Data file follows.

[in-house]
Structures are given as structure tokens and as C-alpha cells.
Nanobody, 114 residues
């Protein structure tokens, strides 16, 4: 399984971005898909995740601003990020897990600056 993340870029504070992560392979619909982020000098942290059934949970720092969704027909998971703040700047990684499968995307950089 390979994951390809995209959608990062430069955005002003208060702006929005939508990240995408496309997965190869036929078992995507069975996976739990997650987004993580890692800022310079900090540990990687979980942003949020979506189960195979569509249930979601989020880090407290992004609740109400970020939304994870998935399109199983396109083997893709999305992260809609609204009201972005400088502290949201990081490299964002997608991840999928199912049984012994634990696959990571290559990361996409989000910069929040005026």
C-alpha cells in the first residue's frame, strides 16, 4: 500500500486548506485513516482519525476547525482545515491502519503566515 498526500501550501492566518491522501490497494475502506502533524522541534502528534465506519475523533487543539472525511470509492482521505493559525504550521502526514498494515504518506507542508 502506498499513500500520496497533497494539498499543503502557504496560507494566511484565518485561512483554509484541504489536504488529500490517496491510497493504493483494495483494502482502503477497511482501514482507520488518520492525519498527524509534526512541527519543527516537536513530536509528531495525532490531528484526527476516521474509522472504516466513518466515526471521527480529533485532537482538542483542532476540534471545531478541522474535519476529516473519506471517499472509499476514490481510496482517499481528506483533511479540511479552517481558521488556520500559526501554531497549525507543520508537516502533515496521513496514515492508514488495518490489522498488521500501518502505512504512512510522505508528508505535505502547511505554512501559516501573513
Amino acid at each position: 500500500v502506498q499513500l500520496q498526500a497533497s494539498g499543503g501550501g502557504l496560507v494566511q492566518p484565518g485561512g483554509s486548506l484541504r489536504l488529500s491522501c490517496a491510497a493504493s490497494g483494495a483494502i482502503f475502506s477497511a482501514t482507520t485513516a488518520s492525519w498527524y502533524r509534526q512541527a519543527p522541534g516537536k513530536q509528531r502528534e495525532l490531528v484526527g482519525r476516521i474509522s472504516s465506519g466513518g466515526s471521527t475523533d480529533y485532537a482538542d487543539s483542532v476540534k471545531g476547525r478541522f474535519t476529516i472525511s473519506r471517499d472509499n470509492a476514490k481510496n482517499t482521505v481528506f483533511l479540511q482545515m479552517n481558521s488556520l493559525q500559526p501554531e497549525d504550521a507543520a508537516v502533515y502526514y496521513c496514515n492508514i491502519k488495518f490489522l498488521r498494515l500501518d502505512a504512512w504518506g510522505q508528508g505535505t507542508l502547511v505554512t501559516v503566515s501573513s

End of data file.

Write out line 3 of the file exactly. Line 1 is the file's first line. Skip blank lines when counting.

Nanobody, 114 residues